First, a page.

Calculating Power Supply Requirements
Power supply voltage to electrically operated devices must match the voltage required by the device. For example, if a magnetic lock requires 24DC, the power supply must give 24 volts direct current. The current required by the device must also be calculated so that there is enough current (amperage) for the device(s) to operate properly. When designing an access control system, you must add the total current draw of the powered devices in the circuit. Keyswitches, buttons, etc do not consume power and don’t have to be calculated. For example:
|Magnetic lock||.350 ma|
|Keypad access controller||.400 ma|
In this example, a one amp power supply would be sufficient to power this access control system. Exit buttons and keyswitches aren’t calculated because they don’t draw any current. If there were two magnetic locks in this system. the current draw would go up to 1.1 amps, which would require a power supply with a greater amperage output.
Power supplies typically have two output terminals but can have additional terminals if the power supply includes switching functions. One of the terminals will be marked with a (+) positive symbol, the other with a (-) negative symbol. If the electrical product you are powering requires polarized power, be sure to follow the polarity symbols when wiring the circuit.
Wire can be supplied either stranded or solid. Stranded wire should be used whenever possible since it is more flexible and resists breakage. The polarity of wire can be indicated in several ways; by a rib(s) along the jacket, by a thread in the strands or by having the strands of wire in different colors. Multi-pair wire is supplied with different color jackets.
The selection of wire gauge is another important consideration. You need to calculate the current requirement (amps) of the circuit against the distance between the power supply and the powered devices. You can use the Wire Gauge Chart to determine the correct wire gauge to use. You should always round upwards when calculating the current used on a circuit. Like the access control equipment you are using, wire used in a circuit should be UL or CSA approved. All circuits will have some sort of switching device which will either send current or cut off current from the circuit. Keyswitches, exit buttons, exit devices or controllers can act to open or close a circuit. Depending on the type of circuit (open or closed), the switch will either make or break contact. Additionally, switches can be either maintained or momentary contact. Most access control system switches use a Form-C contact which allow simple remote monitoring of a circuit. Switches are also rated for current draw (amperage) and you should factor in the load of the circuit when selecting a switch.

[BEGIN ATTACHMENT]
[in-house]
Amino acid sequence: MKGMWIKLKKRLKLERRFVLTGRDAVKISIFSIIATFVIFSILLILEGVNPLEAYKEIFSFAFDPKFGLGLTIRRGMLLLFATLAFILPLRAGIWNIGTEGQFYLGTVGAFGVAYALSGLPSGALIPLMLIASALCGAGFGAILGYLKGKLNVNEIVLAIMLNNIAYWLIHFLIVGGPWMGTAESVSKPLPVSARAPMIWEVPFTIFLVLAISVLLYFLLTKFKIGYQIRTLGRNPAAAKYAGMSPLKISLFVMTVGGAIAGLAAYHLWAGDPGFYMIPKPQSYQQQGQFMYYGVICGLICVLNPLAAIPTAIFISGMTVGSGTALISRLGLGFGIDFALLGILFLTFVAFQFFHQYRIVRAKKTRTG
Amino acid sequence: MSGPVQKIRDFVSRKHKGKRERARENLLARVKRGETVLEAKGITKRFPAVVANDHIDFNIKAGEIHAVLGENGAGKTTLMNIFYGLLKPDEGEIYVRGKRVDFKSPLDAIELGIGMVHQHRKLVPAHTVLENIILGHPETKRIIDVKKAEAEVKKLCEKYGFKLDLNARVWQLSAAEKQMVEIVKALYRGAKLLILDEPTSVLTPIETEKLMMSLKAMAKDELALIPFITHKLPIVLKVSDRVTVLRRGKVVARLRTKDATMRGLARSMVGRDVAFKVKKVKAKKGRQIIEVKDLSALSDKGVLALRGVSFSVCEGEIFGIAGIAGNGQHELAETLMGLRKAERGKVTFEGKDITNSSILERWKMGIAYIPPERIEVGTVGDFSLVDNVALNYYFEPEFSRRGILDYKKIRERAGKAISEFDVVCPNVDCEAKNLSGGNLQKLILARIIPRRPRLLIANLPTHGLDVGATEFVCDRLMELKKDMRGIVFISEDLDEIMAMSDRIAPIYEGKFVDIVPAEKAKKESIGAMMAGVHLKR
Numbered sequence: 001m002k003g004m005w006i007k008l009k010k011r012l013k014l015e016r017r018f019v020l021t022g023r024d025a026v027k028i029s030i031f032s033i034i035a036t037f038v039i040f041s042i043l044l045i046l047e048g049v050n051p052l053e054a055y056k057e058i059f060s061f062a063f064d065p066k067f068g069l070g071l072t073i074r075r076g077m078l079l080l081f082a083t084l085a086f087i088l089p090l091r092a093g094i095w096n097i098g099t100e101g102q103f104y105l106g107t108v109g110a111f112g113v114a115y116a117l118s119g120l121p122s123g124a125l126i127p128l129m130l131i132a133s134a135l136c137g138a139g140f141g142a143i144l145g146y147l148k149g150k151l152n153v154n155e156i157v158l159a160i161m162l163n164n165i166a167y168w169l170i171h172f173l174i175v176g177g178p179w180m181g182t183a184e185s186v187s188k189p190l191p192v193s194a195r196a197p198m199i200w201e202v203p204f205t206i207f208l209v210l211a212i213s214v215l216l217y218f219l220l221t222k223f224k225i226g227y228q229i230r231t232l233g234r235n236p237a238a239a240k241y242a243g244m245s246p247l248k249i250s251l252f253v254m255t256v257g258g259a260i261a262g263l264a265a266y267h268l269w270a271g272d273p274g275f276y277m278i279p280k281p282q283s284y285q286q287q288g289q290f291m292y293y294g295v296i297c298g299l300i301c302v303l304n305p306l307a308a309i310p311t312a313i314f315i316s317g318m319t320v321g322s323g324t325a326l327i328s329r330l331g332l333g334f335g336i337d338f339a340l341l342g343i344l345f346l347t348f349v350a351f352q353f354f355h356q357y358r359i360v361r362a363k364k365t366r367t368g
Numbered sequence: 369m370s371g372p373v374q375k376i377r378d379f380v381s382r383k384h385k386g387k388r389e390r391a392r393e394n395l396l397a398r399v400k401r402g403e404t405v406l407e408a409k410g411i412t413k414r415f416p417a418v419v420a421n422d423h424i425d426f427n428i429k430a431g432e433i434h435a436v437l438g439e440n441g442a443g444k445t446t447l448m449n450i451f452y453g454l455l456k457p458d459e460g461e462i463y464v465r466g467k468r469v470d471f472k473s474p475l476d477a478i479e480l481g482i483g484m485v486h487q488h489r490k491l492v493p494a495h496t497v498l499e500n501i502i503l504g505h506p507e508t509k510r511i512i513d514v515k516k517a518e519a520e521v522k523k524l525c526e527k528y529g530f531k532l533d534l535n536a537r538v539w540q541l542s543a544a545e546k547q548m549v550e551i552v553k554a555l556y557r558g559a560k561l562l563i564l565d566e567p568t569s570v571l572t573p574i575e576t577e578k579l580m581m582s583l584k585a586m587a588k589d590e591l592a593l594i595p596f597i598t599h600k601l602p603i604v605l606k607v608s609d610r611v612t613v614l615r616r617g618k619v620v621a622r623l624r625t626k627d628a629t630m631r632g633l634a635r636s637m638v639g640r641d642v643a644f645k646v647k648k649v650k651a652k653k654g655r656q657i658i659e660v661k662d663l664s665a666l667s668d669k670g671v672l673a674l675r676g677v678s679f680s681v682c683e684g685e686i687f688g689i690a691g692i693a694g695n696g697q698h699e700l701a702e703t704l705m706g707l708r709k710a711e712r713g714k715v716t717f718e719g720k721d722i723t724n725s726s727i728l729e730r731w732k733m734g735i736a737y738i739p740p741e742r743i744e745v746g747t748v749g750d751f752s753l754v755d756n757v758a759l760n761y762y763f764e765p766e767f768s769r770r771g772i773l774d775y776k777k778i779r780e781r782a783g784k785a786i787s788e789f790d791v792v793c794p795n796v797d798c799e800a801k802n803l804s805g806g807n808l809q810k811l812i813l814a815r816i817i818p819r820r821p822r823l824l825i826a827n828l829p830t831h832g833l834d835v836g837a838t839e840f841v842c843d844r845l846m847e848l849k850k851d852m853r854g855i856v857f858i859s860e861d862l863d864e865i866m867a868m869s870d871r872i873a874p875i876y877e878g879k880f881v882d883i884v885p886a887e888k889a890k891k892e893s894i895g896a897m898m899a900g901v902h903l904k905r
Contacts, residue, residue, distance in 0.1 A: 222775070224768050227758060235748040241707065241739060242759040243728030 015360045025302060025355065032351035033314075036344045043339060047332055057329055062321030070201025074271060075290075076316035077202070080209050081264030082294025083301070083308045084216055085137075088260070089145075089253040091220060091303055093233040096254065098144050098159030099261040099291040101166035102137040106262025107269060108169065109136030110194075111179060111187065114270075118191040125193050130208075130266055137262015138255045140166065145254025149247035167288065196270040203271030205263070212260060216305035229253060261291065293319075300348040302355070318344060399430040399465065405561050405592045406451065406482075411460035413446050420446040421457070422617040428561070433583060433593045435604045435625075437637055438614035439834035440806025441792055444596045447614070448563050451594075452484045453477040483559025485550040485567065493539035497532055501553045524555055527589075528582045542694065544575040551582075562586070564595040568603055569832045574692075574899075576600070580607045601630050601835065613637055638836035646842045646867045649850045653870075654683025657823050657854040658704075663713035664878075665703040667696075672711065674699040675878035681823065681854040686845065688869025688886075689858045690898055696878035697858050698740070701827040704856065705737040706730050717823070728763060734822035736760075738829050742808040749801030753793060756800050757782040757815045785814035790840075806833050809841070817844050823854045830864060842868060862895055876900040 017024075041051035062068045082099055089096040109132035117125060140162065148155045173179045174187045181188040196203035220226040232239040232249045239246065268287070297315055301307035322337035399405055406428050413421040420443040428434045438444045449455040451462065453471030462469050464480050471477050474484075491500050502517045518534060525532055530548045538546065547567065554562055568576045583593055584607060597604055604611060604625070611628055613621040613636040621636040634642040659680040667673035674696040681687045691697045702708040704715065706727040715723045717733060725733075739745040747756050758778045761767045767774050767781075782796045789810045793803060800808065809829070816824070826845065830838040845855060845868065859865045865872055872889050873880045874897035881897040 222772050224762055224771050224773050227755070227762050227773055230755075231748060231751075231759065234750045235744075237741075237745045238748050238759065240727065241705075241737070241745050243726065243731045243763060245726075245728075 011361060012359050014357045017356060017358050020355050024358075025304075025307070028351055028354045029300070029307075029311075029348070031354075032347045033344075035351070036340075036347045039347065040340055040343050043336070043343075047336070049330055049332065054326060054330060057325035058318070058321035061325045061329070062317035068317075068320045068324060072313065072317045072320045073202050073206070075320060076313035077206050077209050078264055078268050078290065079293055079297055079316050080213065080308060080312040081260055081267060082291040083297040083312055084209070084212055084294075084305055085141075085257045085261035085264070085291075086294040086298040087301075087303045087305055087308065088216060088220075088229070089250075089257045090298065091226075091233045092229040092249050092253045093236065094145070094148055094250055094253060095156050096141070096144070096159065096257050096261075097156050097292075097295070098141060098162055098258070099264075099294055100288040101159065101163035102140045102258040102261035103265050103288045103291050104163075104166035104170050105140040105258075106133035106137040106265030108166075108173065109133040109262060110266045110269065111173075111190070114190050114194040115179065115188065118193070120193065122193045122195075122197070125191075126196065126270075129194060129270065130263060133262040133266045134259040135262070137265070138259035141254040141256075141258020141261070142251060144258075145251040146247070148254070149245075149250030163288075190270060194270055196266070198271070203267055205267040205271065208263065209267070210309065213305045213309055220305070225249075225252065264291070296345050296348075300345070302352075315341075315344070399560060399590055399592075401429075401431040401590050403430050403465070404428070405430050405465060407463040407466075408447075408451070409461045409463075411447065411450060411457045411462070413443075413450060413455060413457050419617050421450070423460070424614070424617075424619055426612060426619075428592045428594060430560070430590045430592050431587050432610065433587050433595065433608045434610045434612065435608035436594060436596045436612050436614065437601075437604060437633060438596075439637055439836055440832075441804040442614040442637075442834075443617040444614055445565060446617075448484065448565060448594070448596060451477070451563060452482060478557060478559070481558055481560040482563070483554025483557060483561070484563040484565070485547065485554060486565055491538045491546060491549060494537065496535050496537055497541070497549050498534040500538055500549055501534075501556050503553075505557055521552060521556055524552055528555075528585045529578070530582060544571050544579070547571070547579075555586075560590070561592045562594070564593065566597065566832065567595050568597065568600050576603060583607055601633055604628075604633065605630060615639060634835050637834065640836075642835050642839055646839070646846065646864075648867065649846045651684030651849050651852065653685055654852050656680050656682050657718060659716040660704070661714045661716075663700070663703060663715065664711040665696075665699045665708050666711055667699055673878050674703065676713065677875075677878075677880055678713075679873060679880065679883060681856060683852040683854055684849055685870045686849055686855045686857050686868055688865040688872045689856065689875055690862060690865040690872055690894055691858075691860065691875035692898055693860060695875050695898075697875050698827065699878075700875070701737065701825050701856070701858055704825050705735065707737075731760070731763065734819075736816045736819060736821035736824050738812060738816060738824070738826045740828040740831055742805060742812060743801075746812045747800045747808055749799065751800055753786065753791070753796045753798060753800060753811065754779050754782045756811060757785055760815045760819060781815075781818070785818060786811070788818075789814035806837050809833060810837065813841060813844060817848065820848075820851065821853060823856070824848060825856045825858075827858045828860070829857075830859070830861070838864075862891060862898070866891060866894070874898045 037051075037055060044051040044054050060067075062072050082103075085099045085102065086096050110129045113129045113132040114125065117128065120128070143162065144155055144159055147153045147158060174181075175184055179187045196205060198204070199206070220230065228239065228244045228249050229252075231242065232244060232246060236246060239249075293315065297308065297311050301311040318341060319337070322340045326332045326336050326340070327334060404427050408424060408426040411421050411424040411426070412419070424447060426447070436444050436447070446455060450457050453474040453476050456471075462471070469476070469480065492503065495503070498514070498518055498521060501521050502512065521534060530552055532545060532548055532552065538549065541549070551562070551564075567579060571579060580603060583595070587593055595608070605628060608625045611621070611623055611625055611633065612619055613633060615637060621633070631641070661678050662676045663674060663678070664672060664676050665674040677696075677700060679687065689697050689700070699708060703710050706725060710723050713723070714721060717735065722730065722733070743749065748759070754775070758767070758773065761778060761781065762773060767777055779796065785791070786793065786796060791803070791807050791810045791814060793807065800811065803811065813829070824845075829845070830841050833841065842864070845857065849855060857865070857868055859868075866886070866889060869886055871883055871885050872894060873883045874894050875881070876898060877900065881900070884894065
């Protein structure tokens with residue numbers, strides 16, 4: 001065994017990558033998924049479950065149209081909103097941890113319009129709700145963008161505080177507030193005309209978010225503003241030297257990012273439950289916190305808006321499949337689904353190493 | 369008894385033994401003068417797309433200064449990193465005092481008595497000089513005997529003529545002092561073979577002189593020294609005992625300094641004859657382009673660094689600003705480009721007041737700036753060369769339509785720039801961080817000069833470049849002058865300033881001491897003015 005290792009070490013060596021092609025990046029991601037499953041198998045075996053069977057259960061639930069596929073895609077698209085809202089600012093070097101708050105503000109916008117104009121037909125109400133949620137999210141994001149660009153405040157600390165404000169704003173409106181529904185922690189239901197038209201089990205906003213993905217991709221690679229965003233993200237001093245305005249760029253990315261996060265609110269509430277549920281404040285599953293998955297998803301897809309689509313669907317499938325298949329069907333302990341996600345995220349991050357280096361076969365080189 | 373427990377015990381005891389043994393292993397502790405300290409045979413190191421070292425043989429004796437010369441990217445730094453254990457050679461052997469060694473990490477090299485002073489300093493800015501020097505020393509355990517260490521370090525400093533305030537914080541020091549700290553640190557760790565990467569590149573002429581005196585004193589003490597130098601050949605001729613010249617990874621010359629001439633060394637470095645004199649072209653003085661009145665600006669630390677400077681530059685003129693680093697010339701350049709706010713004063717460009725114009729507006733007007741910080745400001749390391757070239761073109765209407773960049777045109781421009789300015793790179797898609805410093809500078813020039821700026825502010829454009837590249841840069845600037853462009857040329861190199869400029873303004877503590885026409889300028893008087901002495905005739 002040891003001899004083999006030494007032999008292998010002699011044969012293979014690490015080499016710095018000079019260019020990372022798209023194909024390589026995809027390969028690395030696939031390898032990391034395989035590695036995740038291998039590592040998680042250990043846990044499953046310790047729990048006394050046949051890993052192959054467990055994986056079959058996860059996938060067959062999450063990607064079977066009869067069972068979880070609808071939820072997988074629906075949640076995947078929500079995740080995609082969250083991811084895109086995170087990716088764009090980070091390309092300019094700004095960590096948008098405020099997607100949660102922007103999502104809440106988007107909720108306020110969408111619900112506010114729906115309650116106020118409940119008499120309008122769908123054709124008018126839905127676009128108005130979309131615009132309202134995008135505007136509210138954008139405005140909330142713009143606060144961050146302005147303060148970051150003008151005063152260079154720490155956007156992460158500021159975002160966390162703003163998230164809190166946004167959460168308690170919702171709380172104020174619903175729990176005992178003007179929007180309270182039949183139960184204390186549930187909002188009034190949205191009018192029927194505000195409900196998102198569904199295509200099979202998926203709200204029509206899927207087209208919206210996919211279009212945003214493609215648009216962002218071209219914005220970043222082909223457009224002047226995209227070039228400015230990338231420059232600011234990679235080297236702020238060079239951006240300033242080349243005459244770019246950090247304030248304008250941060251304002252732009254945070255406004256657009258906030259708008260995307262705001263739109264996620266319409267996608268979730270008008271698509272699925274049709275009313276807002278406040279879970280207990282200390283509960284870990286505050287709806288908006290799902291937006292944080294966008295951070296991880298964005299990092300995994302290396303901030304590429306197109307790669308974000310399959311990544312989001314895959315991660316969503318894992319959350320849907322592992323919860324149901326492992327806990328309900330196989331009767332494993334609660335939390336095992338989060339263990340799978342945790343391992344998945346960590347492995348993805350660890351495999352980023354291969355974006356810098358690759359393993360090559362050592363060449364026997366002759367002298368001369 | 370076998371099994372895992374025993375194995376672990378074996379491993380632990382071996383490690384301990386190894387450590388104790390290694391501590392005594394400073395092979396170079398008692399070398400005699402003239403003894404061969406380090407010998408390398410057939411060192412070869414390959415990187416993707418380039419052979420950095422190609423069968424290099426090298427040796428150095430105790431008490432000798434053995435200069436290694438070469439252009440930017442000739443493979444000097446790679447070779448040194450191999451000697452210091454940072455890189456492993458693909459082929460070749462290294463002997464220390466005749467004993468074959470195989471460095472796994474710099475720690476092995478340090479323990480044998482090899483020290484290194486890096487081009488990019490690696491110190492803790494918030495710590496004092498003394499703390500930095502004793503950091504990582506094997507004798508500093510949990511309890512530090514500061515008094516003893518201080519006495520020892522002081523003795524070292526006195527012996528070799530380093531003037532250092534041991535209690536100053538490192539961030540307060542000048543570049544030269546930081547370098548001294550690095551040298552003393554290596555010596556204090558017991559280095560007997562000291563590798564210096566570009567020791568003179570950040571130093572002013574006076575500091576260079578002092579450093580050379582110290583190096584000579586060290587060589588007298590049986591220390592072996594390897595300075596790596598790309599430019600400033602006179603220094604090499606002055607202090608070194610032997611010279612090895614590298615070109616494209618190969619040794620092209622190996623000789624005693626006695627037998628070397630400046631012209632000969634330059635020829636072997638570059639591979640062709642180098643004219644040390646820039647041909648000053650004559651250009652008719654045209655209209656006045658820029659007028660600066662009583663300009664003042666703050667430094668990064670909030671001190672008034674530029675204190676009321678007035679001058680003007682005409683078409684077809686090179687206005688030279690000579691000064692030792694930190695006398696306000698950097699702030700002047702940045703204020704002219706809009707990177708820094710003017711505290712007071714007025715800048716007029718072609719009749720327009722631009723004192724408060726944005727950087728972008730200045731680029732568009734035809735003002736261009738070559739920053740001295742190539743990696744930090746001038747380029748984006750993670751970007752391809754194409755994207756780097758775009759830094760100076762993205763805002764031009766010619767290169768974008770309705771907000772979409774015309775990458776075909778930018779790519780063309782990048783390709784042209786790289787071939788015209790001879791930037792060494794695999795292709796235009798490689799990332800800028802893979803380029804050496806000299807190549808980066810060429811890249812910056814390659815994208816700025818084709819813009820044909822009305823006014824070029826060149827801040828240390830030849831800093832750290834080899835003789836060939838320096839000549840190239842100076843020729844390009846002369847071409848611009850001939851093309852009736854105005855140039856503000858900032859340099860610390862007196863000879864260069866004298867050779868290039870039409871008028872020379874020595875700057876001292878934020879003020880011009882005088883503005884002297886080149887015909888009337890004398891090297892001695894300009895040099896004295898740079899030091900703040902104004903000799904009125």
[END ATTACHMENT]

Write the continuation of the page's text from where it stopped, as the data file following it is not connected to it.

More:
For an access control system to be easy to use, and thus utilized, you can include a time delay in the circuit which will either open or close the circuit for a pre-set period of time and then relock the locking device.
Depending on the requirements of the system, you might want to include remote monitoring or an annunciator to indicate whether a circuit is open or closed or to indicate that an opening is secure.
Various wire types for applications for electrified door hardware.
|Solid Wire||Standard Wire|